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Posts Tagged ‘Junot Diaz’

Junot Diaz & Dinaw Mengestu Win $500,000 Genius Grants

Novelists Junot Diaz and Dinaw Mengestu were among the 23 fellows who have won a $500,000 “genius grant” from the John D. and Catherine T. MacArthur Foundation this year.

In a crazy twist of fate, both are Riverhead Books novelists. Other writers on the list were journalist and author David Finkel and historian Dylan C. Penningroth. The AP has the complete list at this link.

Here’s more about the awards, from the Foundation: “The recipients learned, through a phone call out of the blue from the Foundation, that they will each receive $500,000 in no-strings-attached support over the next five years.  MacArthur Fellowships come without stipulations or reporting requirements and offer Fellows unprecedented freedom and opportunity to reflect, create, and explore. The unusual level of independence afforded to Fellows underscores the spirit of freedom intrinsic to creative endeavors. The work of MacArthur Fellows knows neither boundaries nor the constraints of age, place, and endeavor.”

BookExpo America Galley Guides

What book are you most excited about this year? Over at Library Journal, Barbara Hoffert has published her annual “BEA Galley & Signing Guide.” The handy resource will help you make sure you can find all the galley copies and authors you need at BookExpo America.

Check it out: “Because hunting through the aisles for the book or author you love can be a challenge, I’ve been tracking some of the show’s top titles, from large publishers and small, focusing on tote-away galleys from adult authors and key in-booth signings, always harder to pin down than signings in the Autographing Area. Plus, for the digitally inclined, I’ve embedded icons that will guide you straight to NetGalley—just another sign that those titles are hot.”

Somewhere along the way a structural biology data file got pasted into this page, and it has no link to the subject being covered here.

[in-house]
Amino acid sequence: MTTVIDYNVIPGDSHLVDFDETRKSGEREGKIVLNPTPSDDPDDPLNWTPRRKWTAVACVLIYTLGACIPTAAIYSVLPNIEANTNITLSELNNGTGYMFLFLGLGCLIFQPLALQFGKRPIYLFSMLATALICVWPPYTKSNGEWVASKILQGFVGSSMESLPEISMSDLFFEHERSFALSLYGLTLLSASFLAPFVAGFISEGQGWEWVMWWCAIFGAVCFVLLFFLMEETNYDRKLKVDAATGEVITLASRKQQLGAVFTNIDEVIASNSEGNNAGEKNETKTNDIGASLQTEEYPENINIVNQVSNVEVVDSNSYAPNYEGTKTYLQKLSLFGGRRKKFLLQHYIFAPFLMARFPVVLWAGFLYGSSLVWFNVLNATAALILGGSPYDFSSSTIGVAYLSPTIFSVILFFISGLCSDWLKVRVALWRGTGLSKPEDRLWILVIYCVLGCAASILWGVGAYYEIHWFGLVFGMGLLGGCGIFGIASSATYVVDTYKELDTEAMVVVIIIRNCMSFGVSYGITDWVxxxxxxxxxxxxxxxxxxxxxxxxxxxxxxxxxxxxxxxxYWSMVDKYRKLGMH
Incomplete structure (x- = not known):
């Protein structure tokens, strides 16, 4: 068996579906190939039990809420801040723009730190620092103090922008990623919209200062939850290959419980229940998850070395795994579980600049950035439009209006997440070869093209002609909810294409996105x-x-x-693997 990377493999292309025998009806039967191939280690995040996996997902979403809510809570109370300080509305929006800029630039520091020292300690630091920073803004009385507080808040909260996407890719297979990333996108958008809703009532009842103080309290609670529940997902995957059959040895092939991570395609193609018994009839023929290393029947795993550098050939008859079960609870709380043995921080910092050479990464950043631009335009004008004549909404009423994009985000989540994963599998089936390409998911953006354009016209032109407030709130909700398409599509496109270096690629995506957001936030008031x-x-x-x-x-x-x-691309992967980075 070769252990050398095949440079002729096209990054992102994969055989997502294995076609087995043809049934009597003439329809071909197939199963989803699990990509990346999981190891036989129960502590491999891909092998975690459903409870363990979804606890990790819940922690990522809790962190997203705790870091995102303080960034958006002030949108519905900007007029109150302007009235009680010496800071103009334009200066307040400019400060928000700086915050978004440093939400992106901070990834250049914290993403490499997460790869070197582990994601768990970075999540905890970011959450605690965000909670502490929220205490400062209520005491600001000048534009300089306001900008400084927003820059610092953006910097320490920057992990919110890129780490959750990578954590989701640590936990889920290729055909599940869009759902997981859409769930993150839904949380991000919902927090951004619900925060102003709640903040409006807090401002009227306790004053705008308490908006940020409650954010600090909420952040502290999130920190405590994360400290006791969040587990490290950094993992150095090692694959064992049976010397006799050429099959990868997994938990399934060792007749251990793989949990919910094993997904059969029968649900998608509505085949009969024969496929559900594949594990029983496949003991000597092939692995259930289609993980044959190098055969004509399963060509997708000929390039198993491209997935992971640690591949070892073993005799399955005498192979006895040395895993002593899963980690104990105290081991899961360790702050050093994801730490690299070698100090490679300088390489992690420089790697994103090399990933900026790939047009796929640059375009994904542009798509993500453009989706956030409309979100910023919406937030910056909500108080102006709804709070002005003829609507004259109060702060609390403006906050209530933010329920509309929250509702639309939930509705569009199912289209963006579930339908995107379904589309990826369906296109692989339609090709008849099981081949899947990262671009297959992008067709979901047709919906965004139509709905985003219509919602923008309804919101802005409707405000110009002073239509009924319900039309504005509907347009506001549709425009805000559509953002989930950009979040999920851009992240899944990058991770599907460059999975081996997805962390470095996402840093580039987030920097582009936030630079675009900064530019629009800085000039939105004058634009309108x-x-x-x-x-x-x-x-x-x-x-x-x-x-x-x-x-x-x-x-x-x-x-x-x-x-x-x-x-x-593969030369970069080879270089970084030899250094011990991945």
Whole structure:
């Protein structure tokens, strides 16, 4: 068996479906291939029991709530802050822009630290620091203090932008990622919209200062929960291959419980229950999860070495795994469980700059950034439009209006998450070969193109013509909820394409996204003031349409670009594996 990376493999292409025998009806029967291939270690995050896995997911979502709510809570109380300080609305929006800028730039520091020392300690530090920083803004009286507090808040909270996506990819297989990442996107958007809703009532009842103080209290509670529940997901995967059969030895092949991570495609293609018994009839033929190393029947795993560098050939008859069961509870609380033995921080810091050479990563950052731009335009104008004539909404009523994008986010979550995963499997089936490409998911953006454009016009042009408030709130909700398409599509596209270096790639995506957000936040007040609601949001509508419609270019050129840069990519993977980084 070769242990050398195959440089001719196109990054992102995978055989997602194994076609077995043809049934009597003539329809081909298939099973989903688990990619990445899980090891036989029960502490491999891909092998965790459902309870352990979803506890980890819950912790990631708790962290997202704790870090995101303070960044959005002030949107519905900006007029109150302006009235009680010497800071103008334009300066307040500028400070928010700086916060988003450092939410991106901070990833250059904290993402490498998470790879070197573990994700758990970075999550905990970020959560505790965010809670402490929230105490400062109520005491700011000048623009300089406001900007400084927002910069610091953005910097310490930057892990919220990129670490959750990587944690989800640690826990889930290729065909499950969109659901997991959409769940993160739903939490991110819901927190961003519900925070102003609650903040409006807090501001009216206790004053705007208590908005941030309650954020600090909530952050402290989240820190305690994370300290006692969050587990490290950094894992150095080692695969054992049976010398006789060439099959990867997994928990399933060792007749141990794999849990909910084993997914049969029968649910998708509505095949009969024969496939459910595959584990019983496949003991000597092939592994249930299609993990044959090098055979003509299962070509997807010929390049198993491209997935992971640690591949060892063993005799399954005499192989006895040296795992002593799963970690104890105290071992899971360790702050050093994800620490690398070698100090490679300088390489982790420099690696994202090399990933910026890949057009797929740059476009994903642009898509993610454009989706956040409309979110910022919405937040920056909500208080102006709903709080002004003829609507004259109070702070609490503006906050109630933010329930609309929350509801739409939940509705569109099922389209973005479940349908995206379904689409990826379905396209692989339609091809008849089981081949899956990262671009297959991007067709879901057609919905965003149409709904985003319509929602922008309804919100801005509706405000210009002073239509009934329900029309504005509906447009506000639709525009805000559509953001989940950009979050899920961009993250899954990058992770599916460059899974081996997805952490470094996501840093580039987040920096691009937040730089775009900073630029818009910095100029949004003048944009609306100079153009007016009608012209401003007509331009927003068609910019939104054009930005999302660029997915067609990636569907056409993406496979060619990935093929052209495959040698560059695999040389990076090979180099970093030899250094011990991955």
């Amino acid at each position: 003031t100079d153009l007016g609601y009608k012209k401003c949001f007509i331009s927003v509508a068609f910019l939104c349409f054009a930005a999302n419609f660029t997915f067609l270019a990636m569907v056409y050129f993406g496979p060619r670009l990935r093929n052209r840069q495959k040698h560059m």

If you want to sample the books, Publishers Marketplace and NetGalley teamed up to create BEA Buzz Books, a digital collection of more than 30 samples of highly anticipated books–including excerpts from books by Junot Diaz, Barbara Kingsolver, Dennis Lehane and Neil Young. Follow this link to download the free consumer edition.

Junot Diaz Returns with Short Story Collection

After a five year wait, Junot Diaz will release his second collection of short stories on September 11, 2012.  Riverhead will publish the book, This Is How You Lose Her.

Diaz (pictured, via Joey L.) hasn’t published a book since winning the Pulitzer Prize for The Brief Wondrous Life of Oscar Wao in 2008. Diaz took ten years to publish that novel after his first collection of stories, Drown.

Here’s more from the release: “[The stories] capture the heat of new passion, the recklessness with which we betray what we most treasure, and the torture we go through – ‘the begging, the crawling over glass, the crying’ – to try to mend what we’ve broken beyond repair. They recall the echoes that intimacy leaves behind, even where we thought we did not care. They teach us the catechism of affections: that the faithlessness of the fathers is visited upon the children; that what we do unto our exes is inevitably done in turn unto us; and that loving thy neighbor as thyself is a commandment more safely honored on platonic than erotic terms. Most of all, these stories remind us that the habit of passion always triumphs over experience, and that ‘love, when it hits us for real, has a half-life of forever.’”

Asian American Writers Workshop Launches Page Turner Literary Festival